• Continue my leveled reading groups but switch the days I am working with each group. Previously I had Group A and B on the same days. These are my lowest readers. Starting this week, I will see Group A and Group C  on the same day (lowest readers and the bubble kids) and Group B and Group D on the same day (almost bubble kids and highest readers). 
  • The groups will be run separately but on the days they do not meet with me, they will work with a new partner from the other group to complete their vocabulary and their word work. Basically I am pairing kids in a way that will allow the lower readers to have a support person who is a bit of a better reader while they navigate the grade level material together. This should allow the higher of the two readers to gain skill as they may need to explain to their partner what is going on, but it will also hopefully allow the lower of the two readers a boost up because they are able to process their thinking through talk and will hopefully get more out of each activity.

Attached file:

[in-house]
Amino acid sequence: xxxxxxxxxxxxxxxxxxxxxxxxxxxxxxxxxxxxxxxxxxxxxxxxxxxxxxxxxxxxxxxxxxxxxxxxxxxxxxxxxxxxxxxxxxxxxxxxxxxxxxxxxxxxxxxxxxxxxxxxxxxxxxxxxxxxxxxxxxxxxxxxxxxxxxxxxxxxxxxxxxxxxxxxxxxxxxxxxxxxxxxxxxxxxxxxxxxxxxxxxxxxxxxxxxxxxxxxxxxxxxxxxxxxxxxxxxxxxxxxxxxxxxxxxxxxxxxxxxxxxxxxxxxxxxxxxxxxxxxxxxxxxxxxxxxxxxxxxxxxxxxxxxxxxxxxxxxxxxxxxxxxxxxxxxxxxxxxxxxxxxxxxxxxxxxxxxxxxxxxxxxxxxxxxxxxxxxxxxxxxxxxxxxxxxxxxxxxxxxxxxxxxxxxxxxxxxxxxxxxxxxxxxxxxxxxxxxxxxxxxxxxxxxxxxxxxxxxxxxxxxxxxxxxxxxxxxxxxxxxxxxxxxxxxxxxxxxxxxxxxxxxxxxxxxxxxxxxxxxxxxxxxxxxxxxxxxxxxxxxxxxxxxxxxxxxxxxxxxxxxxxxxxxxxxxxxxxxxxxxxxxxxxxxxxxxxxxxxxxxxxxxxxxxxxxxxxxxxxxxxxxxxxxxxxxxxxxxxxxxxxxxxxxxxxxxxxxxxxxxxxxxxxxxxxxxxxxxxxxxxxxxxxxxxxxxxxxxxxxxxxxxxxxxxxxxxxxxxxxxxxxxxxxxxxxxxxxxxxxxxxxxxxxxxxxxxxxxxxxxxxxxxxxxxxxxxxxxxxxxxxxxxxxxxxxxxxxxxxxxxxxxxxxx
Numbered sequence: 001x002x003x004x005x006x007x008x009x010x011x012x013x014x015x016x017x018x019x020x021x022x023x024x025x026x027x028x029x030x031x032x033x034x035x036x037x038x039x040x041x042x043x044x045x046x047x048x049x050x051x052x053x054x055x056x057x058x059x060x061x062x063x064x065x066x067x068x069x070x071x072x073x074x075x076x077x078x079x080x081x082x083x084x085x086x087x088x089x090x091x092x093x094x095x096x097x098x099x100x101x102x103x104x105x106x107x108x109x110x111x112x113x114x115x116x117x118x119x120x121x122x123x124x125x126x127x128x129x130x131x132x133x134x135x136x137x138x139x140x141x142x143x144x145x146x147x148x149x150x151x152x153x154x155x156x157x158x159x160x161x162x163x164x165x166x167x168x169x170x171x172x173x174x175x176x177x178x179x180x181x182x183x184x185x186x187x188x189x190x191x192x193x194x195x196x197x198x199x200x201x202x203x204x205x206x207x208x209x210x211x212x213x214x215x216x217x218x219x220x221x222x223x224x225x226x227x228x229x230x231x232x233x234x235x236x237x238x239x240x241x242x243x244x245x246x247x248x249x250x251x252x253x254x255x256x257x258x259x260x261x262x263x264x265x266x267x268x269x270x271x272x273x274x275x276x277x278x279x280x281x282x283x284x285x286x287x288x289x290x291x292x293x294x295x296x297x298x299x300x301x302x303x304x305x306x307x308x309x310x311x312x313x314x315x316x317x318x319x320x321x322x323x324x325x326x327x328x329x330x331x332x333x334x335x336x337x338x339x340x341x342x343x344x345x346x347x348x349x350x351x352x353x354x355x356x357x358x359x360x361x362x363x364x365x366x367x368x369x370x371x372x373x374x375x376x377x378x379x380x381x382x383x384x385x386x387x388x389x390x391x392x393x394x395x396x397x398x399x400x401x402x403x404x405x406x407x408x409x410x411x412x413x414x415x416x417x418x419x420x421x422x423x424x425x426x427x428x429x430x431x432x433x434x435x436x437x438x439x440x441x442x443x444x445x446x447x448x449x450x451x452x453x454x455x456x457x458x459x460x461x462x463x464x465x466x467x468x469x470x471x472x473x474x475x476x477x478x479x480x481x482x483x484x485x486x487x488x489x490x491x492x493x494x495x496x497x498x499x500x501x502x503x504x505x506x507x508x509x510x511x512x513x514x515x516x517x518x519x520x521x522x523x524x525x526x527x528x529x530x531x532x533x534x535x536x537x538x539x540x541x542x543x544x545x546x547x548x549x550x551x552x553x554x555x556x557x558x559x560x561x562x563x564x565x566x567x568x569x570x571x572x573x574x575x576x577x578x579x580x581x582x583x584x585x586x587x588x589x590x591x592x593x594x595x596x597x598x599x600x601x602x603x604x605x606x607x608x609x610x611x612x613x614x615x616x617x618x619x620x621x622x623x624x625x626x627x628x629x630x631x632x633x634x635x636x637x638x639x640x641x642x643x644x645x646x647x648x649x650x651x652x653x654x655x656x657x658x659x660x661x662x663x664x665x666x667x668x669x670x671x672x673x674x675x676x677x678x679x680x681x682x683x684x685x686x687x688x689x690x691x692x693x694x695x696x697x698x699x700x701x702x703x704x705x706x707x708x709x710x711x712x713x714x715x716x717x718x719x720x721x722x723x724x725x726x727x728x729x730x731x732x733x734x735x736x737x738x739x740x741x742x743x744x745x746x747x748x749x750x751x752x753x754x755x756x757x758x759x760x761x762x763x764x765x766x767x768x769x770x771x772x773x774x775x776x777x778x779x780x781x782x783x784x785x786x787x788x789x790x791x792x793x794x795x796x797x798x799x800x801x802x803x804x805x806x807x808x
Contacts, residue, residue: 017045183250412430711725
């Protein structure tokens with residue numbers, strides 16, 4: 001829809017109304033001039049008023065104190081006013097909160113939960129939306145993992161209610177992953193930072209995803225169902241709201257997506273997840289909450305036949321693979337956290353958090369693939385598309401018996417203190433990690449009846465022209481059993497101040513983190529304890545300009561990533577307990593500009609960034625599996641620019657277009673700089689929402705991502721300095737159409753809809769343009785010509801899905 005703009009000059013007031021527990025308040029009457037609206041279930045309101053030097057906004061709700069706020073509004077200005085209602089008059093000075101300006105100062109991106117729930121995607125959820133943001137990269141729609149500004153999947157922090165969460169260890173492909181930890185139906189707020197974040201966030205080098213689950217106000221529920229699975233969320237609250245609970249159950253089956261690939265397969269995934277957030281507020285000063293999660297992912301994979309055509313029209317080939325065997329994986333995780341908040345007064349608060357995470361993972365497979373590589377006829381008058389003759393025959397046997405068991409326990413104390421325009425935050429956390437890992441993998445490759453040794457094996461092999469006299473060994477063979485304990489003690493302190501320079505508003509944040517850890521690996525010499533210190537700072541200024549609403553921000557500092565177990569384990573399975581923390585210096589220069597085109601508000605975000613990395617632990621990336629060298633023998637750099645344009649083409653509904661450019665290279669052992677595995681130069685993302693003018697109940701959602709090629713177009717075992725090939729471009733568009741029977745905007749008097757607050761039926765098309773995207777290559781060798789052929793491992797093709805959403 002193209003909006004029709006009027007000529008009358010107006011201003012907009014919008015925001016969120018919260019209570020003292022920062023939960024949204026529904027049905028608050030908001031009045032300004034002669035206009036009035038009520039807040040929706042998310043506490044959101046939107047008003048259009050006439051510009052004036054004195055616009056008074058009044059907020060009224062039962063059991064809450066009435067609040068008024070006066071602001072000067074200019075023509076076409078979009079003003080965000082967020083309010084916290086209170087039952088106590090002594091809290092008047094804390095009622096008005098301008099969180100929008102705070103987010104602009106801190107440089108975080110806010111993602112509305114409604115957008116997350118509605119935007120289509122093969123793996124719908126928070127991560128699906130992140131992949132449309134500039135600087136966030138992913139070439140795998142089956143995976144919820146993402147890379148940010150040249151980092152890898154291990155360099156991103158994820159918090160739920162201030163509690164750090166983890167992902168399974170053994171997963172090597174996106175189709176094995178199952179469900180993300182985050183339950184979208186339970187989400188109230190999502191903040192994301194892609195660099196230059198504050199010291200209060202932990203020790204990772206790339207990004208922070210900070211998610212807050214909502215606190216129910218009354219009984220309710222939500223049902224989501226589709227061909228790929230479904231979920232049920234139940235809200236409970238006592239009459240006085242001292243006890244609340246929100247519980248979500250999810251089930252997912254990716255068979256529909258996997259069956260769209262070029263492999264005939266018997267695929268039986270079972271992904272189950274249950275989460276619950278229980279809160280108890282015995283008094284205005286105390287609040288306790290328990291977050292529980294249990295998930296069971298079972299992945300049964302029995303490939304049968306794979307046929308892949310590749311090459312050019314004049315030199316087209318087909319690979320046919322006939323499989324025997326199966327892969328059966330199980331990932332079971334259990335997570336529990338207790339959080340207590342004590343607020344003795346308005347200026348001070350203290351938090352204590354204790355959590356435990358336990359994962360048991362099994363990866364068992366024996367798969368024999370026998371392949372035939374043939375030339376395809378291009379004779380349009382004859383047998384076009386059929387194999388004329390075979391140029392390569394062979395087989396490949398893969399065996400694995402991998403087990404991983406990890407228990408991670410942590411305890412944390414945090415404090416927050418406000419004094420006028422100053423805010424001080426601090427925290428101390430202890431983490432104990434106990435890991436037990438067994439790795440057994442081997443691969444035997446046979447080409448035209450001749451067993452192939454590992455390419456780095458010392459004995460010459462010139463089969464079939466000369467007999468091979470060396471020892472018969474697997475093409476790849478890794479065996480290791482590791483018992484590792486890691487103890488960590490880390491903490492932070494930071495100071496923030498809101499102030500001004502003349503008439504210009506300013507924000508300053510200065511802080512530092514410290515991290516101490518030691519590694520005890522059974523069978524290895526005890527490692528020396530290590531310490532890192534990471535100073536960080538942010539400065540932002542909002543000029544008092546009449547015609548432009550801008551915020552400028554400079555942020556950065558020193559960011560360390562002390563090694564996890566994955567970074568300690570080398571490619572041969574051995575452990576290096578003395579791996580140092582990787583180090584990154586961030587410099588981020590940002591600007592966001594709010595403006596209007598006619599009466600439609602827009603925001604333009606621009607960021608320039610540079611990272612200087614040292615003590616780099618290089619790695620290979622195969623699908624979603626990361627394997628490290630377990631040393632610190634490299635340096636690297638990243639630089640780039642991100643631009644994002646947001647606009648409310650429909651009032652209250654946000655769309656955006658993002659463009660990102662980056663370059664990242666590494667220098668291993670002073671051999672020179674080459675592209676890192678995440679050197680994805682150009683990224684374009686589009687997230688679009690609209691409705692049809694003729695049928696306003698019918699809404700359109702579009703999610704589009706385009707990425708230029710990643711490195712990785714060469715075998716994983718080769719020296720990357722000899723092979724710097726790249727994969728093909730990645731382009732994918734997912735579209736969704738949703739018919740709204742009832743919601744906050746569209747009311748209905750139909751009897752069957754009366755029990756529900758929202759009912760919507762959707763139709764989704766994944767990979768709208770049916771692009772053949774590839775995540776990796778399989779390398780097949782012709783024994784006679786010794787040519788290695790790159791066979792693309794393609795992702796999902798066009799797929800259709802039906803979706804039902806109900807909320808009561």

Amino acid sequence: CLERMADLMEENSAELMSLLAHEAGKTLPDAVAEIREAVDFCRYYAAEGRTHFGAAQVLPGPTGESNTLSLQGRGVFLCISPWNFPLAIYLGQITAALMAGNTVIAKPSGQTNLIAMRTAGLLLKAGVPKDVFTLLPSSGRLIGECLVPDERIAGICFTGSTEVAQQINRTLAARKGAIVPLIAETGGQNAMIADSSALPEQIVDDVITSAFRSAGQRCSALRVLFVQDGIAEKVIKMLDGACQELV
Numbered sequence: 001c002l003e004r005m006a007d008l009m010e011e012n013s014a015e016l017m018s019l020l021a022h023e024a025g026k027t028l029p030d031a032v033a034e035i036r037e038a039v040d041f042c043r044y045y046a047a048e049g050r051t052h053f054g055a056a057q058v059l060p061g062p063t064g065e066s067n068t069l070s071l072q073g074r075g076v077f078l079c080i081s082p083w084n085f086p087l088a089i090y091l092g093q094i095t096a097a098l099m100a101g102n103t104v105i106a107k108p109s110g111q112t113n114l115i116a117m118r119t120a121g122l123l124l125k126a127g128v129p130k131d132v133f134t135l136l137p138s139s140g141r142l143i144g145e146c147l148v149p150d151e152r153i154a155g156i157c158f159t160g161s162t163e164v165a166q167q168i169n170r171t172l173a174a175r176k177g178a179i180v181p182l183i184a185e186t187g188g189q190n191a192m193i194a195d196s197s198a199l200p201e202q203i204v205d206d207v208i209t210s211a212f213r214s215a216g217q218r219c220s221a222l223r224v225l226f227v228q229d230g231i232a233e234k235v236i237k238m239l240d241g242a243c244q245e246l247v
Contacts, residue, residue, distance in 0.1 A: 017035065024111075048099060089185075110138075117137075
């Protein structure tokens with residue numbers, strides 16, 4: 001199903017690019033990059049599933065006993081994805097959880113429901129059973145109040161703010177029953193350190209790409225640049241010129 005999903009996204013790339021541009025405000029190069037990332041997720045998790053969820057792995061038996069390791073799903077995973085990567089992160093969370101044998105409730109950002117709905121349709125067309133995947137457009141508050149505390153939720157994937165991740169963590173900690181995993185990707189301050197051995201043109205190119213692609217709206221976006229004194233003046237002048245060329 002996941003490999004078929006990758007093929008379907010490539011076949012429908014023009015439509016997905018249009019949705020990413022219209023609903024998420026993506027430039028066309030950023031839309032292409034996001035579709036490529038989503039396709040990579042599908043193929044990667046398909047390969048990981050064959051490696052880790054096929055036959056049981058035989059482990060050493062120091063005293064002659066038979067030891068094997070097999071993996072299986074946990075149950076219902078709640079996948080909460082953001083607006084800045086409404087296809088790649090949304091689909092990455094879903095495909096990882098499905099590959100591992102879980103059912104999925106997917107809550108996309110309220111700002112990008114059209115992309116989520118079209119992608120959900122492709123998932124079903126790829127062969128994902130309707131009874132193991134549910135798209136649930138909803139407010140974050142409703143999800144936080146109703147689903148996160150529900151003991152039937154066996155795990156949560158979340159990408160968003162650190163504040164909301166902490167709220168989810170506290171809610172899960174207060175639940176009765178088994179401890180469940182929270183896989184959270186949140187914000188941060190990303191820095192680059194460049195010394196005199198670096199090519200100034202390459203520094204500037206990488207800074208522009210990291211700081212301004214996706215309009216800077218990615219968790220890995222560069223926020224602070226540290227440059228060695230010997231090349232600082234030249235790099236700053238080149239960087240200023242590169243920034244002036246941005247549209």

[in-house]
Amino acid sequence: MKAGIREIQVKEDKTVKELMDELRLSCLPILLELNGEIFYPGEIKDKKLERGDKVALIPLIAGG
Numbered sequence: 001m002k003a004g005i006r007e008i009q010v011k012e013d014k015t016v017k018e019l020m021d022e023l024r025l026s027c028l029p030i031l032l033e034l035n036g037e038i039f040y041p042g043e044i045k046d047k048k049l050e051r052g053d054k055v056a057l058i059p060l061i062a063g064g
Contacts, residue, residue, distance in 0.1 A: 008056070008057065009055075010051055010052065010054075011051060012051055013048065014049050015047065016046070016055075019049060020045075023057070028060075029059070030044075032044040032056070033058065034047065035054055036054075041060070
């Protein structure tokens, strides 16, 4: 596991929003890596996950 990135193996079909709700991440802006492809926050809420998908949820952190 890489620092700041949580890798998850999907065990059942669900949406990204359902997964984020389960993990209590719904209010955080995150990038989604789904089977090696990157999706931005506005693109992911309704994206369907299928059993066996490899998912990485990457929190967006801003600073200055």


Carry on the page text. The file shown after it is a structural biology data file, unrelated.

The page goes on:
First of all, I can't believe I have NEVER thought to do this before. As I was brainstorming it, I had a moment where I literally wanted to smack myself in the forehead like "really?! How have you NEVER come up with this before?!" I will give myself a little grace on this because with the way our learning blocks have been structured in years past, I would have never had the time to do it anyway!

In addition, since we have a dedicated intervention time four days per week, I can use the Dibels Deep data we will get next week along with my MAP baseline data AND data from our bi-weekly story tests to make strategy groups that I can pull during intervention time. This means I don't have to disrupt my usual reading group time but can get some bang for my buck with pulling the groups for 5-10 minutes during the intervention block too. 

I got all of that from a 2 hour session! WELL worth the measly amount of money it cost me to join this year. I am so excited and cannot wait to try these strategies out along with my small group reading practices and see how it helps boost my students' achievement in reading.